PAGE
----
January 1st was the first day of coverage for those who enrolled in health plans through a health insurance marketplace. All eyes were watching to see how successful the transition from enrollment to the use of new coverage would be. The good news? Unlike the first few days of the Medicare Part D program, the first few days of Marketplace coverage came with few horror stories about problems accessing health care services. But that could, in part, be because we’re only a few days into January. This new year will undoubtedly bring a new focus in ACA implementation: how will consumers fare as they start to use coverage that must meet new standards for adequacy and affordability?
Some consumers may be newly insured, with health issues that had gone untreated because of lack of insurance. Other consumers may have changed plans with the expectation that their new coverage would include their regular doctor and cover routine medications. In anticipation of the issues that may arise for both the newly insured and those who changed plans, HHS released several fact sheets that provide tips for consumers on common issues with coverage, including filling a prescription, going to the doctor, and getting emergency care. And in an interim final rule released December 17th, HHS provided guidance to marketplace plans to help “smooth transitions” in two areas of coverage: access to providers and prescription drug coverage.
When I signed up for my plan the provider directory said my doctor was part of the network. But now I’m being told he/she is out of network and I’ll have to pay a higher co-payment. Can my plan do this?
Provider directories are notoriously hard to keep up-to-date. However, the HHS interim final rule strongly encourages marketplace insurers to protect consumers from out-of-network charges if the online provider directory was out of date when the consumer enrolled in its plan. Specifically, HHS encourages these insurers to consider services received out-of-network as having been received in-network, with in-network cost-sharing, if the provider was listed in the provider directory as of the date of the consumer’s enrollment in the plan. However, such a policy is voluntary on the part of the insurer, and the HHS suggests that it need only be temporary – “for the beginning months of coverage.” To provide some encouragement for insurers to adopt this policy, HHS has said they will consider insurers’ practices in this area during the marketplace recertification process for the 2015 plan year.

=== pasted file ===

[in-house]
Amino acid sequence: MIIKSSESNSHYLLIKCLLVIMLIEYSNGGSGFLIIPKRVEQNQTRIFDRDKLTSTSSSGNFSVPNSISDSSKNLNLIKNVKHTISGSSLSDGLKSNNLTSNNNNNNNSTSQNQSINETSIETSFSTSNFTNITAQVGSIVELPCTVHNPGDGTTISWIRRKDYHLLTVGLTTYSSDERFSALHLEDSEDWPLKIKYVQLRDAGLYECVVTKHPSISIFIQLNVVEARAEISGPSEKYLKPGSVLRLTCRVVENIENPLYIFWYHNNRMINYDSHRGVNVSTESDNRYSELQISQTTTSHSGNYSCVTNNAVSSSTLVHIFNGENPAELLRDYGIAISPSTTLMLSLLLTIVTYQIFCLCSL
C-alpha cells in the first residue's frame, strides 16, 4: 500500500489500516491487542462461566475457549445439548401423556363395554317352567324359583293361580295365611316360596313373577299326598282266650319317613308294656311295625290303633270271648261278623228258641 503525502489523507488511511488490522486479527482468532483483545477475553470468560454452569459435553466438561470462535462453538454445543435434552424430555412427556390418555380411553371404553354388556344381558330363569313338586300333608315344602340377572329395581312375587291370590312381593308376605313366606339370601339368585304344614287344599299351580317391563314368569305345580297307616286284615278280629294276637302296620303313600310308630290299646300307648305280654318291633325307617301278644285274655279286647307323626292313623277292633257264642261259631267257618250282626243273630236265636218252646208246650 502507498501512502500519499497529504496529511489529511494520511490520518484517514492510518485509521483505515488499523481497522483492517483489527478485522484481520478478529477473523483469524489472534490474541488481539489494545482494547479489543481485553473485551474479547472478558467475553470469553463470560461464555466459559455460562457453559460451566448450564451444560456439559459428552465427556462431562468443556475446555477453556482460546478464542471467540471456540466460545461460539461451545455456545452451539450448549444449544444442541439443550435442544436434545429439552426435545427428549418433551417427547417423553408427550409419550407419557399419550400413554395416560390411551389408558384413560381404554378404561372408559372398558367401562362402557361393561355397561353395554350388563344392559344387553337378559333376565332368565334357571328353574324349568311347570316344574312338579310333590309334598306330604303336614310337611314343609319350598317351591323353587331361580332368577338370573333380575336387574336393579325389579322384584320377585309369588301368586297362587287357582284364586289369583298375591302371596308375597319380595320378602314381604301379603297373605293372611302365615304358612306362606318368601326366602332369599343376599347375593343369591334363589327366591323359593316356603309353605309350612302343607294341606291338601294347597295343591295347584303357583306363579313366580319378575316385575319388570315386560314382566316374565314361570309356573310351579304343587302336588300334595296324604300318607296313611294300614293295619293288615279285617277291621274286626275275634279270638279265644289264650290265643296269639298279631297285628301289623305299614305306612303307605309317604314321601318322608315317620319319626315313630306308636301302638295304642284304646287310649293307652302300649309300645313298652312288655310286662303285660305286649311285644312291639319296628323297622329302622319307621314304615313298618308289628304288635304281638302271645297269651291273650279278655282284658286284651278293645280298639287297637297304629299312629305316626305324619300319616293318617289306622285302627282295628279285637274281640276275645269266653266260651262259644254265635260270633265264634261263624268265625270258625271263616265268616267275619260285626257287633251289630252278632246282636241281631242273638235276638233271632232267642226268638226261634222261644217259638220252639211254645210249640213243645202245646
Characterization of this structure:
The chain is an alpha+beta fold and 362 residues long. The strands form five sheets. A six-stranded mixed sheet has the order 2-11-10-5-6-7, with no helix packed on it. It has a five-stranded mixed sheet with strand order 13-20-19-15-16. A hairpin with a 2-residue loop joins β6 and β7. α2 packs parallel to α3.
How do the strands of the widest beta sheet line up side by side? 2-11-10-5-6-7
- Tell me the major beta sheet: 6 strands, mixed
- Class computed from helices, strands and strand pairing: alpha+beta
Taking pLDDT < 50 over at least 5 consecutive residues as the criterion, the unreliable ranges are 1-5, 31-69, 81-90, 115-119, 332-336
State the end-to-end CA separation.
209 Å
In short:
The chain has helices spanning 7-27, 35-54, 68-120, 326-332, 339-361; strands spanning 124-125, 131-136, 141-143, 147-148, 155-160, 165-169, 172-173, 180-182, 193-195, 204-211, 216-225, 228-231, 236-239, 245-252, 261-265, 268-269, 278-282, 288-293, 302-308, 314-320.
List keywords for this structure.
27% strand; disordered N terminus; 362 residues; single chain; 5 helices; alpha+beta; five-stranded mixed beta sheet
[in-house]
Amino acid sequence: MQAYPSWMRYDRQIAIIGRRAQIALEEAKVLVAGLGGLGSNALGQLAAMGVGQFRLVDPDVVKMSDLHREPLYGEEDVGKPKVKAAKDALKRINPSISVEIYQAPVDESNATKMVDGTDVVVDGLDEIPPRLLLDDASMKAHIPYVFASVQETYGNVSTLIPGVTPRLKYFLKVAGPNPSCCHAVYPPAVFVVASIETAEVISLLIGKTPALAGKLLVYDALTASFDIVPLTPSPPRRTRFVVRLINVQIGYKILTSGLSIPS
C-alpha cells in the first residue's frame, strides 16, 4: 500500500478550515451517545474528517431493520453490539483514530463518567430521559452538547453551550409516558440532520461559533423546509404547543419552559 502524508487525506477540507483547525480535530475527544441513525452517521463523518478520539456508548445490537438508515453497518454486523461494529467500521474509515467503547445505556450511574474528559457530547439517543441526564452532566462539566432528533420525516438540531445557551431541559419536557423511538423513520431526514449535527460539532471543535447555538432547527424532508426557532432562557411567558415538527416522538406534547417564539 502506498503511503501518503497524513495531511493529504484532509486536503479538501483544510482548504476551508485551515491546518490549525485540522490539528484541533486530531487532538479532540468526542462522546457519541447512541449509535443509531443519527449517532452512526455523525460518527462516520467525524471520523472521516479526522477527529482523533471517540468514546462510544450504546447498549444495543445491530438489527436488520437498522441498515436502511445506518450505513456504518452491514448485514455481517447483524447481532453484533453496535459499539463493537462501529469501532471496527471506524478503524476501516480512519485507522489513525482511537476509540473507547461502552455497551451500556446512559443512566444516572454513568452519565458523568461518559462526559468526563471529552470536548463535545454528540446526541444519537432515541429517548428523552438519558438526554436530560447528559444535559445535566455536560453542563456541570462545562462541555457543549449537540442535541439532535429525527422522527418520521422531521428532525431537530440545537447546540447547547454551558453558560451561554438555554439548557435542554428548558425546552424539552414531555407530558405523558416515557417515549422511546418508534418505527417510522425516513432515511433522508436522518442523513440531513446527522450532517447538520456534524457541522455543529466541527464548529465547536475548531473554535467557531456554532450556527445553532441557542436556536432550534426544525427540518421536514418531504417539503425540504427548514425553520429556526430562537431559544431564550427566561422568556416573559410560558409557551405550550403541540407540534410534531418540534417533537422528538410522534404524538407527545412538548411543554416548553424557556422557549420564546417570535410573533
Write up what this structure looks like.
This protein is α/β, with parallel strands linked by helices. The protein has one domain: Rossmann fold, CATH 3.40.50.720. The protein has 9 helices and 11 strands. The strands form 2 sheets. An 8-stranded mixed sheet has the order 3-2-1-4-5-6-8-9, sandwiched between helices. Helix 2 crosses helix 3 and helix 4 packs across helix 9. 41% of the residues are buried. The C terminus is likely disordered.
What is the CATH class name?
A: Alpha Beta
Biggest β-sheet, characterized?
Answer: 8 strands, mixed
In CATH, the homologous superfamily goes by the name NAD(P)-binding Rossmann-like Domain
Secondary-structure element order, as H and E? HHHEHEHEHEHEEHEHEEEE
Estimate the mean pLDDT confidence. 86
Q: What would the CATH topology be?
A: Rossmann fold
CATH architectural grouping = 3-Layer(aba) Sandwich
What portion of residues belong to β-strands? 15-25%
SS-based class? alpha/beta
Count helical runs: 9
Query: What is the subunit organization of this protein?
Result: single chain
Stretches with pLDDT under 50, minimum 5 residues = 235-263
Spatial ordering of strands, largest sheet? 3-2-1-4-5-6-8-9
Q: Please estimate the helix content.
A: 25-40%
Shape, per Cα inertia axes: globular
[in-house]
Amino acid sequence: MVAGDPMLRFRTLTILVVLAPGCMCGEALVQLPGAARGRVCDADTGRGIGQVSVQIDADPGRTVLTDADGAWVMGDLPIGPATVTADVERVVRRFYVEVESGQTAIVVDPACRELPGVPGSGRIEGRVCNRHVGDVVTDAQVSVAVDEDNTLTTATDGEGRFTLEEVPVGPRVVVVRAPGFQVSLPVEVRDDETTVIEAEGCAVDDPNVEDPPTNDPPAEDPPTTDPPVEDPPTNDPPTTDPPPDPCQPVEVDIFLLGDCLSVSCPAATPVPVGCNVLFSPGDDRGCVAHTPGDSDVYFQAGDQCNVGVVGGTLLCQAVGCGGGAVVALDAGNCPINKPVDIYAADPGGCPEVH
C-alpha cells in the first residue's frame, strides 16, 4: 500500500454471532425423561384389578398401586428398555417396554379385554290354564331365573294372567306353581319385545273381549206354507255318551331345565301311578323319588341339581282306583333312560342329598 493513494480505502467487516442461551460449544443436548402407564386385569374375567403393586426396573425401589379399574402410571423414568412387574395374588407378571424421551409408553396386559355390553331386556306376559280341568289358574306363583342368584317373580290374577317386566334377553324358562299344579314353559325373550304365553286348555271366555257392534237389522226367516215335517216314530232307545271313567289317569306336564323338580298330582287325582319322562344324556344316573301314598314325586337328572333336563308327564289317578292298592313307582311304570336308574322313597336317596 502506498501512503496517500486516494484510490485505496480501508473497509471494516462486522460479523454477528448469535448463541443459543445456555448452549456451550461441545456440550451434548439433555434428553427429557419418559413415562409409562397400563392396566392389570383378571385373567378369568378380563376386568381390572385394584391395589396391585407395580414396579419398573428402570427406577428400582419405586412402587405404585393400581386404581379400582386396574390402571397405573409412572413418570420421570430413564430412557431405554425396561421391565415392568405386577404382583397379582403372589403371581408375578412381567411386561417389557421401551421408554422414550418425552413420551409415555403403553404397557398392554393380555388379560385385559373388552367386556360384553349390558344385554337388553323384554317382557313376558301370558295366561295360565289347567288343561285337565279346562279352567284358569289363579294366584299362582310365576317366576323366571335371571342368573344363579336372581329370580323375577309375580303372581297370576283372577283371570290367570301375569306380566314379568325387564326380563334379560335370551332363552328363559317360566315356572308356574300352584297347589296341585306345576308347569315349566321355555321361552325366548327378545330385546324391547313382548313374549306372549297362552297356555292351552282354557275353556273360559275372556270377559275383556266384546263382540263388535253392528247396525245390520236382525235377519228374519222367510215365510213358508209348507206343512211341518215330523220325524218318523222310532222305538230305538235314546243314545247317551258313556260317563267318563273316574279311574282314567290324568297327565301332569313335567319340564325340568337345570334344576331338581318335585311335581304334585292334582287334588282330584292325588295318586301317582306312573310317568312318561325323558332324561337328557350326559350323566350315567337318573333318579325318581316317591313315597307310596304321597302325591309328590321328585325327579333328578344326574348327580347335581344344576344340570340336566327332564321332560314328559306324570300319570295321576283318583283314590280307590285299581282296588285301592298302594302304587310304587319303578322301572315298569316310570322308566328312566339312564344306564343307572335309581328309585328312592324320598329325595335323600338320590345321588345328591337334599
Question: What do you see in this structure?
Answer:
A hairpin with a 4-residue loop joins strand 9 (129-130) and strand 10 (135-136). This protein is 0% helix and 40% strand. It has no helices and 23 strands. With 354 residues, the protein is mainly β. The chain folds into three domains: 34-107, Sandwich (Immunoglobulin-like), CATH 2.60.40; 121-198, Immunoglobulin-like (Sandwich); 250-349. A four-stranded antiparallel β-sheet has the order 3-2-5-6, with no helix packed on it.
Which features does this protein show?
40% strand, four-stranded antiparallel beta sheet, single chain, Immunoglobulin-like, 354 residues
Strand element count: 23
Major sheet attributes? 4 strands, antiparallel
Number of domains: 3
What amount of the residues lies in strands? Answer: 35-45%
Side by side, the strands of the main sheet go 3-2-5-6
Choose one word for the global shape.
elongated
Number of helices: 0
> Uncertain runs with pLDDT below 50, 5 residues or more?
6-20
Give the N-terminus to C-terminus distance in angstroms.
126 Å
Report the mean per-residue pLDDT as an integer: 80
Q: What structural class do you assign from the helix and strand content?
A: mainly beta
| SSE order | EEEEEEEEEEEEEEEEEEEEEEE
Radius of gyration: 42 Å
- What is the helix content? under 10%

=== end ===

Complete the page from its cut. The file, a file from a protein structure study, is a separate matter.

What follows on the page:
I was in the hospital [or in the middle of an acute episode of care] on January 1, 2014, when my coverage changed from my old plan to my new, marketplace plan. My provider during that episode of treatment is no longer in my plan’s network and I’m worried I’ll face higher cost-sharing as a result. Is this allowed?
The recent interim final rule from HHS encourages – but does not require – marketplace plans to adopt policies “to prevent disruptions in treatment of episodes of care.” HHS suggests that insurers can do this by considering a provider as being in the plan’s network when there is an acute episode of care at the start of the plan year. However, HHS further suggests that these policies need only be temporary, to help reduce problems with coverage transitions. HHS will consider insurers’ policies related to coverage transitions in its plan recertification process for the 2015 plan year.
My doctor says I need a prescription drug, but it’s not in my health plan’s formulary. I didn’t realize that when I enrolled in the plan. Shouldn’t my plan be required to cover a drug that my doctor says I need?
In its recent interim final rule HHS notes that the Essential Health Benefits rule requires plans to have procedures in place to allow enrollees to request and gain access to clinically appropriate drugs even if they are not on the formulary. However, new enrollees may not be familiar with what their plan covers or with the process for obtaining approval for drugs not covered by the plan, yet may need immediate access to drugs they are currently taking. Therefore, HHS urges marketplace insurers to temporarily cover non-formulary drugs (including drugs that are on the plan’s formulary but require prior authorization or step therapy) as if they were on the formulary. This policy, too, would apply for a limited time – the interim final rule suggests access be provided during the first 30 days of coverage – and is not required of insurers. But HHS expects this temporary policy will provide enough time for consumers to go through prior authorization or through the drug exception process.
What should I do if my plan doesn’t adopt these policies and I have to pay out-of-network charges or can’t get the drug I need?
As with any coverage denial, you can appeal the health plan’s decision, first for a review by the plan (known as an internal appeal) and then by an independent third party (known as an external appeal). The plan must notify you of their decision regarding your appeal within specific timeframes: within 30 days for services you have not yet received, and within 60 days for services already received. If you require urgent care, you can request an internal and external review at the same time, and you must receive a decision as soon as is required by your condition and at least within 4 days of your request. You should also report the issue to your state insurance regulator.